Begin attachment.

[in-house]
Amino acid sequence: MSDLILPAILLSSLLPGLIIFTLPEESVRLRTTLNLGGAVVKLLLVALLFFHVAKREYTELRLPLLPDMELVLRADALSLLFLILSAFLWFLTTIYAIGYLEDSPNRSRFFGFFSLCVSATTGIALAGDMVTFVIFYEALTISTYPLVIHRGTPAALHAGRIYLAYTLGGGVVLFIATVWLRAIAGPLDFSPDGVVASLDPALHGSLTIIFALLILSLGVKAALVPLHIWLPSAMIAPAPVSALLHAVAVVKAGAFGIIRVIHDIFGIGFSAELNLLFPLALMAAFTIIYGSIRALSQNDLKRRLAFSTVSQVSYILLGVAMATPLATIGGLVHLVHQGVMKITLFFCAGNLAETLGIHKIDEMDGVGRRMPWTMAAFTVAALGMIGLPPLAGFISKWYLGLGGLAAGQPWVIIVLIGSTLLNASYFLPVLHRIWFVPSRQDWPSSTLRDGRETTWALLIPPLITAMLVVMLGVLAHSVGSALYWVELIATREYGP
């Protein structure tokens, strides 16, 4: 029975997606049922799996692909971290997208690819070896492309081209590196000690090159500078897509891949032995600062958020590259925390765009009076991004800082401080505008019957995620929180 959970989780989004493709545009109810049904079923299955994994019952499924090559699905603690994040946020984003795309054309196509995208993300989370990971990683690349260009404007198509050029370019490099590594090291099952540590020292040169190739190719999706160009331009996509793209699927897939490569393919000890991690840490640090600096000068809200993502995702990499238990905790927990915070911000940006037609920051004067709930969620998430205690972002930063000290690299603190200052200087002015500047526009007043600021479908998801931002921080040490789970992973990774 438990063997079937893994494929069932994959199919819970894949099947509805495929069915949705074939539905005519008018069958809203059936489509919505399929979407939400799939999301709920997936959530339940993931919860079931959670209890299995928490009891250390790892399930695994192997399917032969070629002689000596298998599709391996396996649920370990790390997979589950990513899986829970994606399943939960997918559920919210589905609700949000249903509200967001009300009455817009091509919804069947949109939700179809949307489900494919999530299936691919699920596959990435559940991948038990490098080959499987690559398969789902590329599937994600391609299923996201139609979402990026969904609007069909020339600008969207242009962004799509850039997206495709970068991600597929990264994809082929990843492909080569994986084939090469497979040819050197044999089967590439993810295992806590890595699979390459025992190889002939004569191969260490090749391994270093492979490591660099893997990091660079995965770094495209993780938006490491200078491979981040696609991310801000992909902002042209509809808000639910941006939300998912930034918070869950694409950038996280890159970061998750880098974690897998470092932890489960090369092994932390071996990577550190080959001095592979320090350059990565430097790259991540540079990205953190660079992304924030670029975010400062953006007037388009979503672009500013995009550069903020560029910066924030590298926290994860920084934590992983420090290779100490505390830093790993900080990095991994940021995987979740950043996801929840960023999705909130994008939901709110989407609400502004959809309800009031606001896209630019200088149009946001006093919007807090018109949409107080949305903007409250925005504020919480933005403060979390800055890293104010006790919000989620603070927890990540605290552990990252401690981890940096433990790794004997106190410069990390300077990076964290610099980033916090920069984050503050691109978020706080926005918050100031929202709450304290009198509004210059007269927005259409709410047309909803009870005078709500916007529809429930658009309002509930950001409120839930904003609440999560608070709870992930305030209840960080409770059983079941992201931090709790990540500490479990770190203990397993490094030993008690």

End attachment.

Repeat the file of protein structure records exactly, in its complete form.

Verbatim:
[in-house]
Amino acid sequence: MSDLILPAILLSSLLPGLIIFTLPEESVRLRTTLNLGGAVVKLLLVALLFFHVAKREYTELRLPLLPDMELVLRADALSLLFLILSAFLWFLTTIYAIGYLEDSPNRSRFFGFFSLCVSATTGIALAGDMVTFVIFYEALTISTYPLVIHRGTPAALHAGRIYLAYTLGGGVVLFIATVWLRAIAGPLDFSPDGVVASLDPALHGSLTIIFALLILSLGVKAALVPLHIWLPSAMIAPAPVSALLHAVAVVKAGAFGIIRVIHDIFGIGFSAELNLLFPLALMAAFTIIYGSIRALSQNDLKRRLAFSTVSQVSYILLGVAMATPLATIGGLVHLVHQGVMKITLFFCAGNLAETLGIHKIDEMDGVGRRMPWTMAAFTVAALGMIGLPPLAGFISKWYLGLGGLAAGQPWVIIVLIGSTLLNASYFLPVLHRIWFVPSRQDWPSSTLRDGRETTWALLIPPLITAMLVVMLGVLAHSVGSALYWVELIATREYGP
């Protein structure tokens, strides 16, 4: 029975997606049922799996692909971290997208690819070896492309081209590196000690090159500078897509891949032995600062958020590259925390765009009076991004800082401080505008019957995620929180 959970989780989004493709545009109810049904079923299955994994019952499924090559699905603690994040946020984003795309054309196509995208993300989370990971990683690349260009404007198509050029370019490099590594090291099952540590020292040169190739190719999706160009331009996509793209699927897939490569393919000890991690840490640090600096000068809200993502995702990499238990905790927990915070911000940006037609920051004067709930969620998430205690972002930063000290690299603190200052200087002015500047526009007043600021479908998801931002921080040490789970992973990774 438990063997079937893994494929069932994959199919819970894949099947509805495929069915949705074939539905005519008018069958809203059936489509919505399929979407939400799939999301709920997936959530339940993931919860079931959670209890299995928490009891250390790892399930695994192997399917032969070629002689000596298998599709391996396996649920370990790390997979589950990513899986829970994606399943939960997918559920919210589905609700949000249903509200967001009300009455817009091509919804069947949109939700179809949307489900494919999530299936691919699920596959990435559940991948038990490098080959499987690559398969789902590329599937994600391609299923996201139609979402990026969904609007069909020339600008969207242009962004799509850039997206495709970068991600597929990264994809082929990843492909080569994986084939090469497979040819050197044999089967590439993810295992806590890595699979390459025992190889002939004569191969260490090749391994270093492979490591660099893997990091660079995965770094495209993780938006490491200078491979981040696609991310801000992909902002042209509809808000639910941006939300998912930034918070869950694409950038996280890159970061998750880098974690897998470092932890489960090369092994932390071996990577550190080959001095592979320090350059990565430097790259991540540079990205953190660079992304924030670029975010400062953006007037388009979503672009500013995009550069903020560029910066924030590298926290994860920084934590992983420090290779100490505390830093790993900080990095991994940021995987979740950043996801929840960023999705909130994008939901709110989407609400502004959809309800009031606001896209630019200088149009946001006093919007807090018109949409107080949305903007409250925005504020919480933005403060979390800055890293104010006790919000989620603070927890990540605290552990990252401690981890940096433990790794004997106190410069990390300077990076964290610099980033916090920069984050503050691109978020706080926005918050100031929202709450304290009198509004210059007269927005259409709410047309909803009870005078709500916007529809429930658009309002509930950001409120839930904003609440999560608070709870992930305030209840960080409770059983079941992201931090709790990540500490479990770190203990397993490094030993008690």